Before we had our Internet gap, I gave you a research assignment to help us start digging into Colossians. We’re digging for buried treasure, and we need a map to give us some understanding of the terrain where we’ll be digging. Putting things in context is kind of like studying a map before going on a journey. I hope you already answered the questions on context, because if not, this is your SPOILER ALERT!
You have time to click back over to that blog post and work through the research questions on your own right now before reading any further . . . otherwise you’ll see the answers below. I hope you’ll do the work of study yourself, so you can “take ownership” of your study!
- When was Colossians written?
Probably around 62 A.D.
- Who is the author?
The Apostle Paul
- Who was the book written to?
Believers in Colossae
- Why was it written? (Purpose)
False teachers were bringing confusing messages to this group of believers which caused them to question the
sufficiency of Christ alone for their salvation. Pagan belief systems were presented in a “mixture” with
Christianity which elevated supernatural beings and caused some of the Colossian believers to fear that these
(demonic) beings had the power to disqualify them from their position in Christ.
- Where was Colossae?
Colossae was about 100 miles west of Ephesus. Although Paul never actually visited Colossae, the church was
founded by Epaphras—who was probably impacted by Paul’s preaching at Ephesus during Paul’s three years
there (during his third missionary journey, see Acts 19:10, 28:23–31; Col. 4:12–13).
- What is the main theme of the book?
Christ is superior to all things seen and unseen, Lord over all creation, and sufficient for all. He has secured
redemption for His people through His Work on the cross and that redemption alone provides salvation.
- What was happening in Christian history and in the culture at the time of writing?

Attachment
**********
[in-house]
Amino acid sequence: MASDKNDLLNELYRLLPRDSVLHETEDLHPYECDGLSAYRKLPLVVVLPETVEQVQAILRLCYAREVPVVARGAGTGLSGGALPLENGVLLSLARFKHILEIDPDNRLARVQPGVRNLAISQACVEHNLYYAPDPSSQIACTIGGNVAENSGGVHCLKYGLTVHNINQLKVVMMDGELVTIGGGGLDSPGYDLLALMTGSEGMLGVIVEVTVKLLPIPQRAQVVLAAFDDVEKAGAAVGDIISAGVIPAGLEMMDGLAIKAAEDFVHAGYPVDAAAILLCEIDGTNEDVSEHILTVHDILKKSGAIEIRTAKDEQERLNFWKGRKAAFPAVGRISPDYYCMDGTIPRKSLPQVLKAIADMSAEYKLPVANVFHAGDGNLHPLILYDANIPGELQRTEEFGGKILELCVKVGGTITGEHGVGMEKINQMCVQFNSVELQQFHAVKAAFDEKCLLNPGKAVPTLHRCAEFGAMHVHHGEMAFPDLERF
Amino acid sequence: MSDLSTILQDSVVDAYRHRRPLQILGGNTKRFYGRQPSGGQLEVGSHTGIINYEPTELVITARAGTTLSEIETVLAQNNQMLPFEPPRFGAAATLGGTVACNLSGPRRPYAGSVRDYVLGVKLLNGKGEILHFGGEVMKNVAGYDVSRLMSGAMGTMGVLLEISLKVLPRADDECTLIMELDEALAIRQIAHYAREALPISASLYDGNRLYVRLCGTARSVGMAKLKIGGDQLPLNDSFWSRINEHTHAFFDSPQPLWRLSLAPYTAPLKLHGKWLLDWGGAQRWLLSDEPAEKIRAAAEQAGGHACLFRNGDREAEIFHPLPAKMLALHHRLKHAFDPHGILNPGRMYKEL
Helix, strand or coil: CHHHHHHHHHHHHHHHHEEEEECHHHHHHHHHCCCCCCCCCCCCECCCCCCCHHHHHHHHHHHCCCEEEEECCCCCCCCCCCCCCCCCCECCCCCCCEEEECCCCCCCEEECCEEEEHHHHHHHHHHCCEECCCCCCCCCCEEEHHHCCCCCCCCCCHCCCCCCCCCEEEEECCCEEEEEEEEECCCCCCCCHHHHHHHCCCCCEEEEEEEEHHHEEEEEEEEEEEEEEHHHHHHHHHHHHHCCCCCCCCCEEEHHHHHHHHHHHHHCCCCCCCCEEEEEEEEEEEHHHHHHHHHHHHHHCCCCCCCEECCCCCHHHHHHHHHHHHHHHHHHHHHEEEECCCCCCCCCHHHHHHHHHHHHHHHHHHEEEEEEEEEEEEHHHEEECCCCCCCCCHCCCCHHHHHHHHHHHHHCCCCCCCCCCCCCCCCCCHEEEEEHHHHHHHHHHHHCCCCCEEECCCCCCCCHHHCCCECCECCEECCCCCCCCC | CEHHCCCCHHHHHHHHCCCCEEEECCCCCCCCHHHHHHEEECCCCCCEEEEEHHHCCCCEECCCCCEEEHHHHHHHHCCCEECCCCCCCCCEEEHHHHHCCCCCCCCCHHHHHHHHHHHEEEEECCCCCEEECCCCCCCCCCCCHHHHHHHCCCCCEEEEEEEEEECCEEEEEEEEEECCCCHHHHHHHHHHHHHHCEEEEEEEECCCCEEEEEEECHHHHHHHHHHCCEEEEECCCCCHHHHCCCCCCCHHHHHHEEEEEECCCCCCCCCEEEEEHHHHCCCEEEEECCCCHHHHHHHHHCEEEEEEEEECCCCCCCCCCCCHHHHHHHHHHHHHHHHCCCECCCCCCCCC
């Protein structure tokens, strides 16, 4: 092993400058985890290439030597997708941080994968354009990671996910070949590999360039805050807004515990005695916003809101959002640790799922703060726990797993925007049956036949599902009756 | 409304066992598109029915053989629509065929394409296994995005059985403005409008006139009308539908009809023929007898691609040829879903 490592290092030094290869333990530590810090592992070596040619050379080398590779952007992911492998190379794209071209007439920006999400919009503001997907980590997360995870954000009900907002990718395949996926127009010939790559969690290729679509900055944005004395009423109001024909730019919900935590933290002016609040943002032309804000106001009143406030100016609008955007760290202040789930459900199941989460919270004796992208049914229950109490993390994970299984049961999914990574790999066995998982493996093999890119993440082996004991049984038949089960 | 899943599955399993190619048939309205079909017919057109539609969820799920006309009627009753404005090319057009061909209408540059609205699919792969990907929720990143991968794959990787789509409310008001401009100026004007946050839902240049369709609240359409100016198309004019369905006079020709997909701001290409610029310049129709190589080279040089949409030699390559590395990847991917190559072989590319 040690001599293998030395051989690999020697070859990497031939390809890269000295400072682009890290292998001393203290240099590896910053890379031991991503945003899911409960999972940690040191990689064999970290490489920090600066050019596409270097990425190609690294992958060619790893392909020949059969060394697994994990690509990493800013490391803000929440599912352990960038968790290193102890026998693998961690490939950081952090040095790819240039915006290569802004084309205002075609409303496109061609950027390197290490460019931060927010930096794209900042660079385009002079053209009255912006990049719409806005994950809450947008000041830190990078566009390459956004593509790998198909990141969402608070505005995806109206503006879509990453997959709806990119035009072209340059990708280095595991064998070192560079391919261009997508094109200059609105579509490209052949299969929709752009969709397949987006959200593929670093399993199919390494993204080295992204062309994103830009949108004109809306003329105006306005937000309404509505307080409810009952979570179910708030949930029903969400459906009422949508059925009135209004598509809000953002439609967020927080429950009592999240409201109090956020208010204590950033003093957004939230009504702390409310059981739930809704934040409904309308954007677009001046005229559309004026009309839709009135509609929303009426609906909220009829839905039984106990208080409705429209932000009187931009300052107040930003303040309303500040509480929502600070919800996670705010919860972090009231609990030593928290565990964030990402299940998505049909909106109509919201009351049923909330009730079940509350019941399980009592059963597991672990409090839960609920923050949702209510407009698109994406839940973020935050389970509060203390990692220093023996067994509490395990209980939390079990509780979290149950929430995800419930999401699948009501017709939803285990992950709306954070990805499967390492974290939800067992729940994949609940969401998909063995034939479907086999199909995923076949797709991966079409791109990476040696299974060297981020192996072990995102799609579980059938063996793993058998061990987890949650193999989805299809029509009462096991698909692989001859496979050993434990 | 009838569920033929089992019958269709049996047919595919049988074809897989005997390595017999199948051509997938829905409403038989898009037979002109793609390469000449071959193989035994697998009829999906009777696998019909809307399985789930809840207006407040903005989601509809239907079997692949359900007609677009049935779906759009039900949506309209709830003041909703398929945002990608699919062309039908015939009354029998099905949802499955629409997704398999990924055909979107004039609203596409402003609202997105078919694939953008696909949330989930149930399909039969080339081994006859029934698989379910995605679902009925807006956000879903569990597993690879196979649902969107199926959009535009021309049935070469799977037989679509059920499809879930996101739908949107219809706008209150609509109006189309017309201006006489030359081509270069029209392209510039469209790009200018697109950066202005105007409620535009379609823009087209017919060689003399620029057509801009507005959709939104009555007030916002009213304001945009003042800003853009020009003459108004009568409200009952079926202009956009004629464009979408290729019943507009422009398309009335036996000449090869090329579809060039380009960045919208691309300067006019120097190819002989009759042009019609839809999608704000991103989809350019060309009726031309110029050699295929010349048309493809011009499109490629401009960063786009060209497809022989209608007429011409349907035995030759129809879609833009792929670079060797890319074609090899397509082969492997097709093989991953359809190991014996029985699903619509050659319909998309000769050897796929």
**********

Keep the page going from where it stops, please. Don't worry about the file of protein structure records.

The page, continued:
Christianity is beginning to endure persecution from the Roman Emperor, Nero. Colossians was probably
written during Paul’s imprisonment in Rome. Epaphras is from Colossae and has conveyed to Paul the
concerns arising from false teaching that devalued the supremacy of Christ. The Church is in its infancy (three
decades from the cross) and vulnerable to pagan folk belief and those who would claim to be a “spirit guide”
attracting a following and corrupting the true teaching of Christ.
- How would this book encourage the readers in the 1st Century?
By emphatically stating the supremacy of Christ and the work He has accomplished on the cross—these
believers could find their peace in His rescue! This passage describing who Jesus is and what He has done,
would serve to comfort and encourage them:
[box]He is the image of the invisible God, the firstborn of all creation. For by him all things were created, in heaven and on earth, visible and invisible, whether thrones or dominions or rulers or authorities—all things were created through him and for him. And he is before all things, and in him all things hold together. And he is the head of the body, the church. He is the beginning, the firstborn from the dead, that in everything he might be preeminent. For in him all the fullness of God was pleased to dwell, and through him to reconcile to himself all things, whether on earth or in heaven, making peace by the blood of his cross. (Col. 1:15–20)[/box]
- How does studying Colossians encourage you today?
I’d like to hear your answer to the last question. Several of you have been sharing your answers on previous blog posts and I love getting your input! If you’ve not answered that last question and you’re digging into Colossians with us, I hope you’ll leave a comment below ~
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